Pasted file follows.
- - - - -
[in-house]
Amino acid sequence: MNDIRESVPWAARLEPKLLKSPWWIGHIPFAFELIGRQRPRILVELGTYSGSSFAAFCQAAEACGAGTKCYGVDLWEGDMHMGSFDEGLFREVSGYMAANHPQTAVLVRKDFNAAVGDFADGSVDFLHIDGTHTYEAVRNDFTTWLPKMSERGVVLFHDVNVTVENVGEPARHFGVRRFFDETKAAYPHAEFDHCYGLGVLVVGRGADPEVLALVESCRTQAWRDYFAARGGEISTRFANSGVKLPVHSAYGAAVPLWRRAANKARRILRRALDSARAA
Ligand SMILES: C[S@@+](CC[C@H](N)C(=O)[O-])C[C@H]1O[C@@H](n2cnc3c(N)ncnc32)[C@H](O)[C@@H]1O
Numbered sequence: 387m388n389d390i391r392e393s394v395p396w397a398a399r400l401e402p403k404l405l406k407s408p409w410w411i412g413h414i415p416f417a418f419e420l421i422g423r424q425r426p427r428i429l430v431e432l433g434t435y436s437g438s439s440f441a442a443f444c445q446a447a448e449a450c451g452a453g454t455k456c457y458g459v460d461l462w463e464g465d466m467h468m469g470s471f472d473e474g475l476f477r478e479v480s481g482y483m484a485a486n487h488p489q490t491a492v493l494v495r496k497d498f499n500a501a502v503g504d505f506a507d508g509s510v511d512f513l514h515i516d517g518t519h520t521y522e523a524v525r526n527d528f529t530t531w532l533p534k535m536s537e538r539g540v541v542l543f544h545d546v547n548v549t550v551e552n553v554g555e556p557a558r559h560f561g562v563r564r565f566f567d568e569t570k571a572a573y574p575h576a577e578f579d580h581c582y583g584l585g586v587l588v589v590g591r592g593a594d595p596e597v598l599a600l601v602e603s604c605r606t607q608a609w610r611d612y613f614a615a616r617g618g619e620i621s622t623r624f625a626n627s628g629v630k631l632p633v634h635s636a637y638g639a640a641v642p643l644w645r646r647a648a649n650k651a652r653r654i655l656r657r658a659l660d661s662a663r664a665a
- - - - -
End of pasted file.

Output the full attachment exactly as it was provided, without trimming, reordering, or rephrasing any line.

[in-house]
Amino acid sequence: MNDIRESVPWAARLEPKLLKSPWWIGHIPFAFELIGRQRPRILVELGTYSGSSFAAFCQAAEACGAGTKCYGVDLWEGDMHMGSFDEGLFREVSGYMAANHPQTAVLVRKDFNAAVGDFADGSVDFLHIDGTHTYEAVRNDFTTWLPKMSERGVVLFHDVNVTVENVGEPARHFGVRRFFDETKAAYPHAEFDHCYGLGVLVVGRGADPEVLALVESCRTQAWRDYFAARGGEISTRFANSGVKLPVHSAYGAAVPLWRRAANKARRILRRALDSARAA
Ligand SMILES: C[S@@+](CC[C@H](N)C(=O)[O-])C[C@H]1O[C@@H](n2cnc3c(N)ncnc32)[C@H](O)[C@@H]1O
Numbered sequence: 387m388n389d390i391r392e393s394v395p396w397a398a399r400l401e402p403k404l405l406k407s408p409w410w411i412g413h414i415p416f417a418f419e420l421i422g423r424q425r426p427r428i429l430v431e432l433g434t435y436s437g438s439s440f441a442a443f444c445q446a447a448e449a450c451g452a453g454t455k456c457y458g459v460d461l462w463e464g465d466m467h468m469g470s471f472d473e474g475l476f477r478e479v480s481g482y483m484a485a486n487h488p489q490t491a492v493l494v495r496k497d498f499n500a501a502v503g504d505f506a507d508g509s510v511d512f513l514h515i516d517g518t519h520t521y522e523a524v525r526n527d528f529t530t531w532l533p534k535m536s537e538r539g540v541v542l543f544h545d546v547n548v549t550v551e552n553v554g555e556p557a558r559h560f561g562v563r564r565f566f567d568e569t570k571a572a573y574p575h576a577e578f579d580h581c582y583g584l585g586v587l588v589v590g591r592g593a594d595p596e597v598l599a600l601v602e603s604c605r606t607q608a609w610r611d612y613f614a615a616r617g618g619e620i621s622t623r624f625a626n627s628g629v630k631l632p633v634h635s636a637y638g639a640a641v642p643l644w645r646r647a648a649n650k651a652r653r654i655l656r657r658a659l660d661s662a663r664a665a